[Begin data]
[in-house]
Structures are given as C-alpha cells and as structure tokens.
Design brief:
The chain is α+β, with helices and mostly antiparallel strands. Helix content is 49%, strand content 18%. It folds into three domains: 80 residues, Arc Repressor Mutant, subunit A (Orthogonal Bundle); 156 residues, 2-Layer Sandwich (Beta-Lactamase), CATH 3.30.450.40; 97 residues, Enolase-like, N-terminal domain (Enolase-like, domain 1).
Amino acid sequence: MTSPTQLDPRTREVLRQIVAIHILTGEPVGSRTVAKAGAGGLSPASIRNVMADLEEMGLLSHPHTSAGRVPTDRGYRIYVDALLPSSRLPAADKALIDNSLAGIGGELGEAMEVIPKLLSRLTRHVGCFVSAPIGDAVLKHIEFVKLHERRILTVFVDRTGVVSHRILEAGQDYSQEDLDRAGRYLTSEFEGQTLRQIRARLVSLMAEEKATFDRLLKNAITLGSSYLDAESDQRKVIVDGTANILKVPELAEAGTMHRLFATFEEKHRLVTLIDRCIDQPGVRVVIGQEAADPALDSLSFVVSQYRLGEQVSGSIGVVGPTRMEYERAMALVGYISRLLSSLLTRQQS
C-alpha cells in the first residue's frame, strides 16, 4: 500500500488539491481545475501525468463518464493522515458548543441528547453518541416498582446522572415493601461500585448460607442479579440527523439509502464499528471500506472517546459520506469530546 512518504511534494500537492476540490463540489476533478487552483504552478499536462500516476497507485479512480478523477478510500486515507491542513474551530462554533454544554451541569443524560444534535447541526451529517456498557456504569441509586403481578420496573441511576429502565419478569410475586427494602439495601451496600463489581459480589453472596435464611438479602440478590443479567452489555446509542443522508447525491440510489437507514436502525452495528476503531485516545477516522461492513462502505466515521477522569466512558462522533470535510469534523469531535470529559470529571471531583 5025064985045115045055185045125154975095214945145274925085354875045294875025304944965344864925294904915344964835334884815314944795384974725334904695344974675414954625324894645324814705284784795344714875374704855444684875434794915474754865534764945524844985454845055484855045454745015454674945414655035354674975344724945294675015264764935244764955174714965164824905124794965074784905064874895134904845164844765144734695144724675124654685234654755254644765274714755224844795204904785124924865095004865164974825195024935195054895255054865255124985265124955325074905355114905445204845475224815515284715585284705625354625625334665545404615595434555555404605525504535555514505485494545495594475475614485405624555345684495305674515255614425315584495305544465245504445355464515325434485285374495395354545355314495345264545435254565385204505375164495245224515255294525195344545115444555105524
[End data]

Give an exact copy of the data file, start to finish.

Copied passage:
[in-house]
Structures are given as C-alpha cells and as structure tokens.
Design brief:
The chain is α+β, with helices and mostly antiparallel strands. Helix content is 49%, strand content 18%. It folds into three domains: 80 residues, Arc Repressor Mutant, subunit A (Orthogonal Bundle); 156 residues, 2-Layer Sandwich (Beta-Lactamase), CATH 3.30.450.40; 97 residues, Enolase-like, N-terminal domain (Enolase-like, domain 1).
Amino acid sequence: MTSPTQLDPRTREVLRQIVAIHILTGEPVGSRTVAKAGAGGLSPASIRNVMADLEEMGLLSHPHTSAGRVPTDRGYRIYVDALLPSSRLPAADKALIDNSLAGIGGELGEAMEVIPKLLSRLTRHVGCFVSAPIGDAVLKHIEFVKLHERRILTVFVDRTGVVSHRILEAGQDYSQEDLDRAGRYLTSEFEGQTLRQIRARLVSLMAEEKATFDRLLKNAITLGSSYLDAESDQRKVIVDGTANILKVPELAEAGTMHRLFATFEEKHRLVTLIDRCIDQPGVRVVIGQEAADPALDSLSFVVSQYRLGEQVSGSIGVVGPTRMEYERAMALVGYISRLLSSLLTRQQS
C-alpha cells in the first residue's frame, strides 16, 4: 500500500488539491481545475501525468463518464493522515458548543441528547453518541416498582446522572415493601461500585448460607442479579440527523439509502464499528471500506472517546459520506469530546 512518504511534494500537492476540490463540489476533478487552483504552478499536462500516476497507485479512480478523477478510500486515507491542513474551530462554533454544554451541569443524560444534535447541526451529517456498557456504569441509586403481578420496573441511576429502565419478569410475586427494602439495601451496600463489581459480589453472596435464611438479602440478590443479567452489555446509542443522508447525491440510489437507514436502525452495528476503531485516545477516522461492513462502505466515521477522569466512558462522533470535510469534523469531535470529559470529571471531583 5025064985045115045055185045125154975095214945145274925085354875045294875025304944965344864925294904915344964835334884815314944795384974725334904695344974675414954625324894645324814705284784795344714875374704855444684875434794915474754865534764945524844985454845055484855045454745015454674945414655035354674975344724945294675015264764935244764955174714965164824905124794965074784905064874895134904845164844765144734695144724675124654685234654755254644765274714755224844795204904785124924865095004865164974825195024935195054895255054865255124985265124955325074905355114905445204845475224815515284715585284705625354625625334665545404615595434555555404605525504535555514505485494545495594475475614485405624555345684495305674515255614425315584495305544465245504445355464515325434485285374495395354545355314495345264545435254565385204505375164495245224515255294525195344545115444555105524